14 new deaths, 366 new COVID-19 cases in Alberta

Province nearing 100K COVID-19 vaccine doses administered

The first pages of the book, by Kristy Walker.
Sylvan Lake author pens first children’s book about COVID-19

“The Coronavirus Isn’t Scary” by Kristy Walker teaches children to take care of themselves

Minister of Agriculture and Forestry, MLA Innisfail-Sylvan Lake, Devin Dreeshen. (Photo Submitted)
Ag Minister announces 20% off crop insurance for Alberta farmers

Dreeshen says this will support job creators and boosting rural economy during a difficult time

Mom’s Diner owner Wesley Langlois has joined a growing number of Alberta restaurants that are allowing sit-in dining despite public health restrictions. Photo by PAUL COWLEY/Advocate staff
Red Deer diner joins sit-down dining protest

Mom’s Diner has joined a growing list of Alberta restaurants flouting health restrictions

Young hockey players were out on Bentley Tuesday for a march to a support a return to sports. (Photo courtesy of Bobby McKinlay)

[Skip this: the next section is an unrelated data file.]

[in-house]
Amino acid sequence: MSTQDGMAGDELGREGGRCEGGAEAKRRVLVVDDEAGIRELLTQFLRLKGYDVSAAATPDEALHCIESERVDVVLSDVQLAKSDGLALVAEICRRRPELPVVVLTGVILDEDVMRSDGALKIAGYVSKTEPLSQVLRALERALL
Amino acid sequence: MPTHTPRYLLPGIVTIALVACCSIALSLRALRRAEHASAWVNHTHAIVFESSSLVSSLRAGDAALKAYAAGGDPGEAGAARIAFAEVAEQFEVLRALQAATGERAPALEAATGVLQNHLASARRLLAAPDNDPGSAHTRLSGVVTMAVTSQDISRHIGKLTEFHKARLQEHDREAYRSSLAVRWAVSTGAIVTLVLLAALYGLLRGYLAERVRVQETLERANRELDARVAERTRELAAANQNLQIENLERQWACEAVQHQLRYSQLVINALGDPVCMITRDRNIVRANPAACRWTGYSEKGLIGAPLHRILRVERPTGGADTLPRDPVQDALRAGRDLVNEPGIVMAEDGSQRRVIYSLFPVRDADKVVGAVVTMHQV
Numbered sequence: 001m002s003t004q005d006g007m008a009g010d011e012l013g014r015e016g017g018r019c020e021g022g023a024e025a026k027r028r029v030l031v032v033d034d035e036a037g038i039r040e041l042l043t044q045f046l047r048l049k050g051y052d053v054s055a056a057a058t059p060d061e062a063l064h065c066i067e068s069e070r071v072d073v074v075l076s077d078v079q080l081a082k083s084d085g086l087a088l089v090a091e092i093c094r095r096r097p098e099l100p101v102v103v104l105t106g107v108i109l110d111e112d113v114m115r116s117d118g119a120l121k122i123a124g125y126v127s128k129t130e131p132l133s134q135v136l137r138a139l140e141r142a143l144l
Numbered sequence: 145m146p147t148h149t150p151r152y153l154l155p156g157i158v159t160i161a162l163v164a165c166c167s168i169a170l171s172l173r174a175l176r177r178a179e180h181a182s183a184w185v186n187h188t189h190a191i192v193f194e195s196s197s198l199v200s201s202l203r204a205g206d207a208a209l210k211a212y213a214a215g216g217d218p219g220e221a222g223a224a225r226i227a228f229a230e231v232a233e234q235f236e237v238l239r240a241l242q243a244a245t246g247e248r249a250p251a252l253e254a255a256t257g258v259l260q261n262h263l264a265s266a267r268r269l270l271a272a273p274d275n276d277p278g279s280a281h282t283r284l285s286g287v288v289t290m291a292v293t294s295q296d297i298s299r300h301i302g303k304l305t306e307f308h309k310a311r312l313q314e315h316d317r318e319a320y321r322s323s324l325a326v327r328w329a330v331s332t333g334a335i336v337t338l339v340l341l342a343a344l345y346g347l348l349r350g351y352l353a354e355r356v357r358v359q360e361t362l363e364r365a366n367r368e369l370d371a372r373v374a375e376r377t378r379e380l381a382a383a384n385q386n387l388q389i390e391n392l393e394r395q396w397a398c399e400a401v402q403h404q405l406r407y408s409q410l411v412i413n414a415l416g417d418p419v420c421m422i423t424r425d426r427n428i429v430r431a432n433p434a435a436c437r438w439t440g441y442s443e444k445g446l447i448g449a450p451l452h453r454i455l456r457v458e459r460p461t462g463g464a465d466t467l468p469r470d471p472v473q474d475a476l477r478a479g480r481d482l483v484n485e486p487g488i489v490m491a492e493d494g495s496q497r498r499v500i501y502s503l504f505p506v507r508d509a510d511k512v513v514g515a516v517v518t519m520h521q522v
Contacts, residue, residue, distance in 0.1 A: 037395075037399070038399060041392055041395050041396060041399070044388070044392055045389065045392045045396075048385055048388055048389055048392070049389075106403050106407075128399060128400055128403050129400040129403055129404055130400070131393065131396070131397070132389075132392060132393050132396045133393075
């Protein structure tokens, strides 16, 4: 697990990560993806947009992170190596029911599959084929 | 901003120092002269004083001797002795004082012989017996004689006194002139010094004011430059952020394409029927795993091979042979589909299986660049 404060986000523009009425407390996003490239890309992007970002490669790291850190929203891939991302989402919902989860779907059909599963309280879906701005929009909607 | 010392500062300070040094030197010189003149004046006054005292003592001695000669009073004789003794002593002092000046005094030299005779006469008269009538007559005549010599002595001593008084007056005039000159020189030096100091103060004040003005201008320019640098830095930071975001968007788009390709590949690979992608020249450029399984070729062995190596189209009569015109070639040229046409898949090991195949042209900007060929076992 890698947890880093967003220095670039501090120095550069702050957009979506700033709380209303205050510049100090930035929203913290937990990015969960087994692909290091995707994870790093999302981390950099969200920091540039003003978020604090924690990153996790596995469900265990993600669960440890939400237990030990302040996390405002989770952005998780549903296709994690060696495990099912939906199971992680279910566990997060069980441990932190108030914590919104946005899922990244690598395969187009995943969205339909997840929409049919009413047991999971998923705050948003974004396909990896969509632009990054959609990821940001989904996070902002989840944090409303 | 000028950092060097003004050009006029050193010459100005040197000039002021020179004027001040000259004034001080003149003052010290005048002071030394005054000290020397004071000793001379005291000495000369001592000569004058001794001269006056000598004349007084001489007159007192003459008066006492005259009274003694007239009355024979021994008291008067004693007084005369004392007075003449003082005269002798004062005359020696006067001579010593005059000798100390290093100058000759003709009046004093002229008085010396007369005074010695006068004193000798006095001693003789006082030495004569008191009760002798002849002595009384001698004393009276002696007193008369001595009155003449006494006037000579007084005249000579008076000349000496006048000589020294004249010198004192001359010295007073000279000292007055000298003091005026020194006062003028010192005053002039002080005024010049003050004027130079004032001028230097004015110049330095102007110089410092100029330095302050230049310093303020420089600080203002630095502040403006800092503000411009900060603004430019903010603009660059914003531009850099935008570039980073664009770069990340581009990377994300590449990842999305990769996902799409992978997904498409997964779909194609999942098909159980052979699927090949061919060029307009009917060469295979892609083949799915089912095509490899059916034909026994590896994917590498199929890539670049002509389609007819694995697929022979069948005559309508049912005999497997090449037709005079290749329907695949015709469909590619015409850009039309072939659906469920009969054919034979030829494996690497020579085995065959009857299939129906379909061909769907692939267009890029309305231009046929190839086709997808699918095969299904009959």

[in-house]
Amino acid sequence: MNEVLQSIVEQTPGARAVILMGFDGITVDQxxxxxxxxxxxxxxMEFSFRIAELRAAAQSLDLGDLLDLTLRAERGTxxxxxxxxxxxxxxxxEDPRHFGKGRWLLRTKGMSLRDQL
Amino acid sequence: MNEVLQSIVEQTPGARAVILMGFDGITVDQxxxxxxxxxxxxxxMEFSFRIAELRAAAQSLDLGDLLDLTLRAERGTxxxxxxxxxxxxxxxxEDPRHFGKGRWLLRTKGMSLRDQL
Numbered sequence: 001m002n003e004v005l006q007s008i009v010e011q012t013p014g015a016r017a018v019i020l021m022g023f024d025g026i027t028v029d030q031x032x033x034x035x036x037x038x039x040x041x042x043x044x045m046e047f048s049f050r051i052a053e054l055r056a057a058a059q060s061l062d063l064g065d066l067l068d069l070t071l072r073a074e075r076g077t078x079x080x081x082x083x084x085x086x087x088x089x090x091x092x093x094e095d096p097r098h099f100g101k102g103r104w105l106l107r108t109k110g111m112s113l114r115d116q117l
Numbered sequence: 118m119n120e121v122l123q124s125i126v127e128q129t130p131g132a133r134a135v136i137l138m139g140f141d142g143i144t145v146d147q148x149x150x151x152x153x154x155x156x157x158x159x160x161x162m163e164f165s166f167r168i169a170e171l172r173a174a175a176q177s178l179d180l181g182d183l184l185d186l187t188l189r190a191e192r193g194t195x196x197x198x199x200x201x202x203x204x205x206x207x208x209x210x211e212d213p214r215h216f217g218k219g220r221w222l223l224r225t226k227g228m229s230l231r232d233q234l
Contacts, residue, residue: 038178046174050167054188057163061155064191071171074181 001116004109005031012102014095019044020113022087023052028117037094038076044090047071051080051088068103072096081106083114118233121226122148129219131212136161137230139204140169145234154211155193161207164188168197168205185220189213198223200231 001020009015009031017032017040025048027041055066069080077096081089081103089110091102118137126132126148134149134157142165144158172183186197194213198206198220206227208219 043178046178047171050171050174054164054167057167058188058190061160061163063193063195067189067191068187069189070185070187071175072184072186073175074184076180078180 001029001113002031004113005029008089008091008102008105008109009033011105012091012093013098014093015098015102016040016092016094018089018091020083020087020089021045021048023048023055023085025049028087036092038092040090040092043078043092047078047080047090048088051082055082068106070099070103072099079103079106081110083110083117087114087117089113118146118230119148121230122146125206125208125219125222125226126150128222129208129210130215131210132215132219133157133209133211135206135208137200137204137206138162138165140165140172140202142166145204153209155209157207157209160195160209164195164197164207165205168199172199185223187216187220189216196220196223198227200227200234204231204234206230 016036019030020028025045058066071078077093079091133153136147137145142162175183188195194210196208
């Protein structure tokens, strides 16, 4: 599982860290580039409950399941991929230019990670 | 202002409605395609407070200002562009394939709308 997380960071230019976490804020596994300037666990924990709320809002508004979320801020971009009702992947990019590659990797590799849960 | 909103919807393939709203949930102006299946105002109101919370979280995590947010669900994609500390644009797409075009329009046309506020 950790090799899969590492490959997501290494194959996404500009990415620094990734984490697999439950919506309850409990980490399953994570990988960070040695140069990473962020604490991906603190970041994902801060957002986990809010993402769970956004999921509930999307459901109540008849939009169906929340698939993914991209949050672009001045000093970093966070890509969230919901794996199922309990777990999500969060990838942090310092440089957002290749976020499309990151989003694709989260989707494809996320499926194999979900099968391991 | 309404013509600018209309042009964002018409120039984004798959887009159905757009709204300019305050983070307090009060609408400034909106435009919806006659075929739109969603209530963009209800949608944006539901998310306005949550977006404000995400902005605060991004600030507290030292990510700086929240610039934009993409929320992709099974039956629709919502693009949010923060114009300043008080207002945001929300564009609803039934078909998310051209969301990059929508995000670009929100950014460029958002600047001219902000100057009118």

(Kraft Dinner/Twitter)
Kraft Dinner launches candy-flavoured mac and cheese just in time for Valentine’s Day

Sweet and cheesy treat will be here just in time for the cheesiest holiday of the year

In this undated image made from a video taken by the Duke of Sussex and posted on @SaveChildrenUK by the Duke of Sussex and Meghan, Duchess of Sussex, shows the Duchess of Sussex reading the book “Duck! Rabbit!” to their son Archie who celebrates his first birthday on Wednesday May 6, 2020. The Canadian Paediatric Society is reminding families that the process of raising a reader starts from birth. (Duke of Sussex/@SaveChildrenUK)